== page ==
Lucy Golding, Carne Martin:

'Consumers are more marketing literate than ever before, and it would be naïve to presume that someone who has not been to a group before will be less aware of the marketing process than someone who has. As experienced researchers we use our skills not just to report back, but to understand and interpret responses, and to work with respondents to generate ideas. Recruiting people who are genuinely interested in helping us do this is critical. It is, therefore, probably not an issue if a respondent has been to a group, say, once or twice before, as long as they fit the recruitment criteria.

It is a problem, however, if a respondent is regularly attending groups and/or is lying about who they are in order to do so. He or she may be jaded, cynical, overly negative, or at worst lie about what they really think. As an industry, our focus should be to tackle the problems of serial repeat attendance and fraud. One of the things we should be considering is whether an industry standard on attendance would assist with the former of these issues.'

Peter Dann, The Way Forward:

'There's no denying that repeat attendance is an issue, if only because it is one of those elements that can so easily be used by qual's detractors to question the credibility of the whole industry.

Generally, however, we don't mind seeing familiar faces in groups ­ they're more relaxed, more confident and, in most cases, I don't believe that their response is affected by repeat attendance. If you need virgin respondents, you should say so, and allow time to recruit them; but if you don't specify, you shouldn't complain.

It's that 1% that we should be concerned about. To go to that many groups, you have to lie a great deal. But I'm sure, as a result, that these people are simply not found in mainstream, well-recruited groups. And that's why I take issue with the presentation of the findings.'

Field personnel

Liz Sykes, Field Initiatives:

'Repeat attendance is always seen as a bad thing. How many times do field managers hear: "I'm sure I recognised some faces in that group and it made me worried about the recruitment"? Repeat attendance seems to spark off a gut reaction of panic and worry that something underhand is going on and that everyone is in on it except the researcher.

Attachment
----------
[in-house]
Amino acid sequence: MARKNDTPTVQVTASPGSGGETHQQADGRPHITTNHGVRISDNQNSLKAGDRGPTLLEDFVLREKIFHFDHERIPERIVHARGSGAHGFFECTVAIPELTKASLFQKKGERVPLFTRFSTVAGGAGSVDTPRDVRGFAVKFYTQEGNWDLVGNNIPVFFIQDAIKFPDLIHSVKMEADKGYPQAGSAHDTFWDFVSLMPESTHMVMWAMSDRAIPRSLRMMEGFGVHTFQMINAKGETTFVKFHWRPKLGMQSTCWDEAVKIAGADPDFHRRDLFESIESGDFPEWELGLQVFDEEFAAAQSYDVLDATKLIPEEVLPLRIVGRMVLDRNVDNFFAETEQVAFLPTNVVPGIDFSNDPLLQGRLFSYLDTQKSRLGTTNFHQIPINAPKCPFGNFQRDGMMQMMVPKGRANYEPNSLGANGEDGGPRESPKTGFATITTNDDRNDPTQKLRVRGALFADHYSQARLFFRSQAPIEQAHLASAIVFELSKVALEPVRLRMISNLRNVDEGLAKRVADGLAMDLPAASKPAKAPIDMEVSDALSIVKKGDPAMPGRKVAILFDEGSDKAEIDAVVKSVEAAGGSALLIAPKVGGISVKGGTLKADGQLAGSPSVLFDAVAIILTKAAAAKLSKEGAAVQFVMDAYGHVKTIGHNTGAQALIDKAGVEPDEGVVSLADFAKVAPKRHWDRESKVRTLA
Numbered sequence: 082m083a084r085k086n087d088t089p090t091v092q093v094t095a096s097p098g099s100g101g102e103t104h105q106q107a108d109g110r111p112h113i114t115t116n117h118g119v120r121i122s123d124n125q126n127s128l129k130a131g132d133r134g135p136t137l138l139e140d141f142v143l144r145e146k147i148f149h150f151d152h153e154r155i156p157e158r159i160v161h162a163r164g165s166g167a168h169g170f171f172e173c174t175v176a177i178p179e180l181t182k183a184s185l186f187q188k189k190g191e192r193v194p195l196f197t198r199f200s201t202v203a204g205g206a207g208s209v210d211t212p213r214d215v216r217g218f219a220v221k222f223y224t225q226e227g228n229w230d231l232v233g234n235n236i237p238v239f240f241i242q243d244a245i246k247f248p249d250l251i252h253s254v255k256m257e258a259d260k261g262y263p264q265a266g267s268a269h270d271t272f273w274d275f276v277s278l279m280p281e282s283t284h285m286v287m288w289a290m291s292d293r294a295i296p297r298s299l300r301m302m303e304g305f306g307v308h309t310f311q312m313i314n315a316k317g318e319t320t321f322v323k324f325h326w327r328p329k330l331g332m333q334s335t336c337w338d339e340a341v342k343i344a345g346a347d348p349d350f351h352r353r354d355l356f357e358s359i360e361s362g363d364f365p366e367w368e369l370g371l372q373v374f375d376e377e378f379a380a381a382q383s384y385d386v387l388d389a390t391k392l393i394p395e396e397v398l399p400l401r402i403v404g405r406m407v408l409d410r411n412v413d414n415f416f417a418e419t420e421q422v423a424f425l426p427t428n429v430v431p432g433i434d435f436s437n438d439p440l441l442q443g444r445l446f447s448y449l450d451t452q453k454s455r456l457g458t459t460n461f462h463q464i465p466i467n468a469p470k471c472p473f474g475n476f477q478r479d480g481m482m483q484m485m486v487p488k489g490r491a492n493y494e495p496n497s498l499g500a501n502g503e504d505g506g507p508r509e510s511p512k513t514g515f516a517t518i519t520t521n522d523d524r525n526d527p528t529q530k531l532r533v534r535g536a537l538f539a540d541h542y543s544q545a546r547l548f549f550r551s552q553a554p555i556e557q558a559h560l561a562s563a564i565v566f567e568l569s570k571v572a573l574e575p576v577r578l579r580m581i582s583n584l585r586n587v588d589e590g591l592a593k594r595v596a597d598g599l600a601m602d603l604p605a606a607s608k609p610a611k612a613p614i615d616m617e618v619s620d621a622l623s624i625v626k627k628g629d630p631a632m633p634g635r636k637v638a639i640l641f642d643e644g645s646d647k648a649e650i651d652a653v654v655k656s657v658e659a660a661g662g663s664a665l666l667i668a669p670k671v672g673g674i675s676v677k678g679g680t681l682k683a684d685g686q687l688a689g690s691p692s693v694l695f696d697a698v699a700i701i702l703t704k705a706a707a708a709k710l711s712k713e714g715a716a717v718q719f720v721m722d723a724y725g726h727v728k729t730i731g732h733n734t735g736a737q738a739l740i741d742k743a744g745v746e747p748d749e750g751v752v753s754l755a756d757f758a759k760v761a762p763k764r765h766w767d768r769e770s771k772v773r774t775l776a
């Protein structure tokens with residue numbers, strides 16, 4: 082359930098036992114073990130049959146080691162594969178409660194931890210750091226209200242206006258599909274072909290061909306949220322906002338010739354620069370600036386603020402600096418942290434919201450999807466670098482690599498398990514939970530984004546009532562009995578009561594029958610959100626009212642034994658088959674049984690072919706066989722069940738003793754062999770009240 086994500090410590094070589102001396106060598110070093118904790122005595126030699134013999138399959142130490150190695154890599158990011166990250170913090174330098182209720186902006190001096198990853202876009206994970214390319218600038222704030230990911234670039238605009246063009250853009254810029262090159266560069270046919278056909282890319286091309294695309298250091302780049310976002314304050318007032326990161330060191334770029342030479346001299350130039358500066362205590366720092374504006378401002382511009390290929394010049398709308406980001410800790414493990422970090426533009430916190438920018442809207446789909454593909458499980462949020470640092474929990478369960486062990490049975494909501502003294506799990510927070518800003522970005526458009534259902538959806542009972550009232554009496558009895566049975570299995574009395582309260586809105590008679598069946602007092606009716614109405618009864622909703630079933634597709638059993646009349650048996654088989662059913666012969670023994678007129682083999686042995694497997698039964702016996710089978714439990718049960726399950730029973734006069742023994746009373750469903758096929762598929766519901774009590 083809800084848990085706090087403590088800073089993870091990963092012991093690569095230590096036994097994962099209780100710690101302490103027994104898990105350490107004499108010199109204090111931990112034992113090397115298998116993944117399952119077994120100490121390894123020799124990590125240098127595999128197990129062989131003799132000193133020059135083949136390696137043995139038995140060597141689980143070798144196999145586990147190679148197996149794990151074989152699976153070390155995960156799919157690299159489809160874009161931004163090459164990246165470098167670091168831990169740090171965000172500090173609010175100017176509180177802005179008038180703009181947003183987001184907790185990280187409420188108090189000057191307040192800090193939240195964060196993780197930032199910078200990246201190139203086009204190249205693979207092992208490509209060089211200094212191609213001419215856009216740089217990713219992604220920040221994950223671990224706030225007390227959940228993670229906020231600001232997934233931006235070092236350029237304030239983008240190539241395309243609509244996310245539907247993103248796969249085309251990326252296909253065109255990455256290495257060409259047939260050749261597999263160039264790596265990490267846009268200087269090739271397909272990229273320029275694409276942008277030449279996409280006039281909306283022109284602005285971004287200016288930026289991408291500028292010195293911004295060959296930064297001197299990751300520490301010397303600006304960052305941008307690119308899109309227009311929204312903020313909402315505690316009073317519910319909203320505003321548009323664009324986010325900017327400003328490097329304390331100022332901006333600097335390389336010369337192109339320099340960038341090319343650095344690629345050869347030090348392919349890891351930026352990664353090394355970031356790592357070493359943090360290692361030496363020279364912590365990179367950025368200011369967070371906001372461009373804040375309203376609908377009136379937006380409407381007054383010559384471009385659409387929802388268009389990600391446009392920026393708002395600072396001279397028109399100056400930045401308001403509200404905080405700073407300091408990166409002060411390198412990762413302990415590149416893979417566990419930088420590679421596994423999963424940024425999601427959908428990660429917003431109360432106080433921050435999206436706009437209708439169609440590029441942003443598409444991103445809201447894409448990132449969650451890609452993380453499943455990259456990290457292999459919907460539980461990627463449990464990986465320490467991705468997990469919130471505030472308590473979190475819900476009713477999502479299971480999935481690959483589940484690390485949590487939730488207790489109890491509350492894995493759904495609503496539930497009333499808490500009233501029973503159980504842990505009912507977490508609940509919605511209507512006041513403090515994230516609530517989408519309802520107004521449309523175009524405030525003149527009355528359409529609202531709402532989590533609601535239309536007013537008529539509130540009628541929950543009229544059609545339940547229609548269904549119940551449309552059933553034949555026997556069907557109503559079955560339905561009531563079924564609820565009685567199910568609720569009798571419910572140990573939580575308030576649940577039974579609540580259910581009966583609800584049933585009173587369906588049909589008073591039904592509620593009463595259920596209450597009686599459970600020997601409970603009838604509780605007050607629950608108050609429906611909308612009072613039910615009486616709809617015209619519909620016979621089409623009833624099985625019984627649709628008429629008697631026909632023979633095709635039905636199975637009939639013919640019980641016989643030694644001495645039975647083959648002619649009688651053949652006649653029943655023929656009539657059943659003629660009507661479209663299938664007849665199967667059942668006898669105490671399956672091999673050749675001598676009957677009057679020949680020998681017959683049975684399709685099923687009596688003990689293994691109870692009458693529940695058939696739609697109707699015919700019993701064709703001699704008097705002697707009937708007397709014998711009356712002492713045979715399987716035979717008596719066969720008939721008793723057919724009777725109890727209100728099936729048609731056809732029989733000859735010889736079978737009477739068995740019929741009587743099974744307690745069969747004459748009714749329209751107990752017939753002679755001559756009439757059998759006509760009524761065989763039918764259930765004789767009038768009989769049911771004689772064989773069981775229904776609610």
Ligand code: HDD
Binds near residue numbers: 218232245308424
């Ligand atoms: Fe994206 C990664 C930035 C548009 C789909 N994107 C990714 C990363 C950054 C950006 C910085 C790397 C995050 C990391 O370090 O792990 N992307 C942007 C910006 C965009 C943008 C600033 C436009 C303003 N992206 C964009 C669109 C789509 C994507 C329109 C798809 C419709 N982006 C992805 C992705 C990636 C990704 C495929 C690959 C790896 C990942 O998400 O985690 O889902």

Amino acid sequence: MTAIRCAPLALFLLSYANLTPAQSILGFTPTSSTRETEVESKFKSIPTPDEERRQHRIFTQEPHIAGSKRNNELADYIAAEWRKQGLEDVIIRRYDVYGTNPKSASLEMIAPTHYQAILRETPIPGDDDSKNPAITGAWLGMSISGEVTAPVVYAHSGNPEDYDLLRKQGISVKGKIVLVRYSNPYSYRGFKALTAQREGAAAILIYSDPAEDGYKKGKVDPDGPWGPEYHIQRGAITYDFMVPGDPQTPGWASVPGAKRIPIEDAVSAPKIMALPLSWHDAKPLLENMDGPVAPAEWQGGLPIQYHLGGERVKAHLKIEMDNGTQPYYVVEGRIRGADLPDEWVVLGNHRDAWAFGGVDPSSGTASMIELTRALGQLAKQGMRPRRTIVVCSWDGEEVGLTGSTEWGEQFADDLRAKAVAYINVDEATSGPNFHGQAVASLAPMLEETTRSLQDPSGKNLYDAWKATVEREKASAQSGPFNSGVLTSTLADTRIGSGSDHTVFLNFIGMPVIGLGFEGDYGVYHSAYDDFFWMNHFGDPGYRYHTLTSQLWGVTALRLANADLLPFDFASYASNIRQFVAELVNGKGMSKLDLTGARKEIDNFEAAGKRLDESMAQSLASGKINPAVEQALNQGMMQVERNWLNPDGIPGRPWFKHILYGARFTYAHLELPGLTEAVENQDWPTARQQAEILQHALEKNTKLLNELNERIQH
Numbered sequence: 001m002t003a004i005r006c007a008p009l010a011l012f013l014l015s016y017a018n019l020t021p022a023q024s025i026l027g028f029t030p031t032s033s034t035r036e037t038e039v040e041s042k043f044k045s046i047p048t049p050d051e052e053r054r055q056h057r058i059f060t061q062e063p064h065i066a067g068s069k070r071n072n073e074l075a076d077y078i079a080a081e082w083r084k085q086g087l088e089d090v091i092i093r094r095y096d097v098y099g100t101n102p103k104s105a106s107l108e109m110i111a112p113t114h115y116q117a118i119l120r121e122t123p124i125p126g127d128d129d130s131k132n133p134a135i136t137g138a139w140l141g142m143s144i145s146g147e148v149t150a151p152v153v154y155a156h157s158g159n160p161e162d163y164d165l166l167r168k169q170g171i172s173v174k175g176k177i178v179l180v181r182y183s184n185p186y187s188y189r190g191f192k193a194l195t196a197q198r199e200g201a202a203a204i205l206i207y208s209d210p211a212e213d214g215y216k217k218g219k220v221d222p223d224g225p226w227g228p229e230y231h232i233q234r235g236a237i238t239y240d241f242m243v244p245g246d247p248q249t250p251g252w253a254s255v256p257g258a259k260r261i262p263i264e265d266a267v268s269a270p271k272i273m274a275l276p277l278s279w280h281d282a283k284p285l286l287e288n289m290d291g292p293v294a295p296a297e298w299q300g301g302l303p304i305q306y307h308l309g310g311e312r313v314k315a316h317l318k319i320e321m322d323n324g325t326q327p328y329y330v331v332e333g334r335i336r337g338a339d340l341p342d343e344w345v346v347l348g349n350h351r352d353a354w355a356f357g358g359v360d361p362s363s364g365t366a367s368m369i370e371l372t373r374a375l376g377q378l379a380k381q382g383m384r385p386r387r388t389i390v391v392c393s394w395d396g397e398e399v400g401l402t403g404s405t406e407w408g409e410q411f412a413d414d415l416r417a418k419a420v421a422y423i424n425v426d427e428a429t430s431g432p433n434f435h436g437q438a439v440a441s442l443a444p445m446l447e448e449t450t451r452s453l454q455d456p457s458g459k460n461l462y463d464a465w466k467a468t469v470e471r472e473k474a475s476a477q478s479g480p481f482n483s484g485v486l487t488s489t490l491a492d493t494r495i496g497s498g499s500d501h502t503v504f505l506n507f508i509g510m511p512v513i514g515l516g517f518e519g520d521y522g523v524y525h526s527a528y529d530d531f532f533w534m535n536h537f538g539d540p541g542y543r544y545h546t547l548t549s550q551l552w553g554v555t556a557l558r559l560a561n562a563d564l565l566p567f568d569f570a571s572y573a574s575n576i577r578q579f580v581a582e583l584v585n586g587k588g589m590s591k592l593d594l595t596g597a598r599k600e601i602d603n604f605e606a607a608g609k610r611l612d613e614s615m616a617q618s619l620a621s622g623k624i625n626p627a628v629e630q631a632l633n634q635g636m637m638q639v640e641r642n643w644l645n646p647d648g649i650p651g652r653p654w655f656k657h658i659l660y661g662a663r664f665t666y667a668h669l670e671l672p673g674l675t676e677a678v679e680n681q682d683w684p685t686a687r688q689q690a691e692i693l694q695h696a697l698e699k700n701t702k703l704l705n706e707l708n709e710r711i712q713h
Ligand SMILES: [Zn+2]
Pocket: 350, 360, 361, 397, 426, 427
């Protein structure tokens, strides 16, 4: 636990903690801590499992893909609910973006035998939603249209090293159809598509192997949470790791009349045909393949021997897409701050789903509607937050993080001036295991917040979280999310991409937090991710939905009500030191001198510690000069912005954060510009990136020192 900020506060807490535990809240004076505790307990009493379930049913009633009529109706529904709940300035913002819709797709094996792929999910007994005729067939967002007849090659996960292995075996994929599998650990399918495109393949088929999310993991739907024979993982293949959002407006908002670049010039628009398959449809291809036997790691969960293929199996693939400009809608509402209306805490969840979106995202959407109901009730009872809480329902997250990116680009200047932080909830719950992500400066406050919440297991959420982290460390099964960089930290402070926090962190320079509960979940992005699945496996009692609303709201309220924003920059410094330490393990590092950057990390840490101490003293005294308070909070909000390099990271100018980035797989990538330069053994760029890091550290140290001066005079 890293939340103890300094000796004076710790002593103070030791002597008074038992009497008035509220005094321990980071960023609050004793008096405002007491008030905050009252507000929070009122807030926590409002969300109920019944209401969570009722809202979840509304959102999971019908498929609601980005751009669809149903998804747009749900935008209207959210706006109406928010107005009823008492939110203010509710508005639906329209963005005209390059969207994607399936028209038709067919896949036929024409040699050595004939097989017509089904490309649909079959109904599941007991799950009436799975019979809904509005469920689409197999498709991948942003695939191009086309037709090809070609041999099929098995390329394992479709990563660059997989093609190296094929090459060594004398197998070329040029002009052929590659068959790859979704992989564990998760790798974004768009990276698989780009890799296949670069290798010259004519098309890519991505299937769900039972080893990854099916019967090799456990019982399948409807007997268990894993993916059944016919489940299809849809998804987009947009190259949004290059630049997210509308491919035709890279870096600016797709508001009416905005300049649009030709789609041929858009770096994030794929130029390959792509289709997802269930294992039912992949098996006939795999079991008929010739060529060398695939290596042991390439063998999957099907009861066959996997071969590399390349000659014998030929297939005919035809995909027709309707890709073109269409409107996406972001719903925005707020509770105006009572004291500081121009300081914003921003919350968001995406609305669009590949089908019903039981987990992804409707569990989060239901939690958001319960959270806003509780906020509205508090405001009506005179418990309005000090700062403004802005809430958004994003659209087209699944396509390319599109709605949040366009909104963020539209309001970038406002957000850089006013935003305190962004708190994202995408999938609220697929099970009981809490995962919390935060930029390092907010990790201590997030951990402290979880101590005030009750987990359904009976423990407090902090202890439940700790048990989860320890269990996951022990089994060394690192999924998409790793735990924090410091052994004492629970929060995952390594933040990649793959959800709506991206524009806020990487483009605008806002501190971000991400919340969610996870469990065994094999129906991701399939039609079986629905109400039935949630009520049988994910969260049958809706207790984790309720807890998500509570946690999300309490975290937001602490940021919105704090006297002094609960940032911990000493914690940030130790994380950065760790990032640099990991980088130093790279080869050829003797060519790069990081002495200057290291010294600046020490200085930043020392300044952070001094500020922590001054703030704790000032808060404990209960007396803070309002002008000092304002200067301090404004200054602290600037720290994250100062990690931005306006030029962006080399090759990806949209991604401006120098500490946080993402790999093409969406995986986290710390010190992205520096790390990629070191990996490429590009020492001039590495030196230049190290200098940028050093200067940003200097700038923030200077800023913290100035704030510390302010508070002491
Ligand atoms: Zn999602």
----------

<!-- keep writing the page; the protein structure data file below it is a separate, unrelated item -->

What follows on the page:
The reality is that areas get saturated very quickly as only a small proportion of the population are willing to take part in research, plus we are very strict on the types of people we recruit. In any area over 65s or Es would be under-researched.'

Trudy Walsh and Fiona Welch, Quality Fieldwork & Research Services:
'Repeat attendance, in itself, is not necessarily a bad thing. People having previously attended a group will not normally let a recruiter down by non-attendance, and will be immediately relaxed and ready to get on with the discussion.

Controls are necessary, however, with a minimum of perhaps three months between attendances. Otherwise respondents tend to get to know the ropes too well, to become blasé. We would comment on the finding that only 1% of those who had been to groups admitted to having attended many groups. The operative word is "admitted".'


John McGill, Barclaycard:

'As a client, I am interested in getting our customers' views on a particular topic. To some extent, the fact that they have been to groups previously could be unimportant. For example, if the topic was about the way they were handled when they made contact with our customer services then their views are still valid, regardless of group attendance, occupation or any other reason for exclusion.

There are many reasons why groups have to be re-run, including the failure of enough people to turn up or some particularly disruptive influences. I can't think of any occasions where repeat attendance had such a devastating effect that the group had to be abandoned. The BMRB study may help to reassure the industry that it is not an overwhelming problem.'

Michael Harvey, Guinness UDV:

'I am not worried about repeat attendance as long as the people who are attending the group are correctly recruited to the quota required. If, however, repeat attendance is a symptom of poor recruiting then it does worry me ­ like any poor recruiting would.

We should aim not to stamp out repeat attendance but to stamp out poor recruiting. I would go further and say that there is an advantage in repeat attendees, assuming that they are to the right quota, as they may be able to participate more quickly in discussions since they will be more at ease with the social aspects of a group discussion.'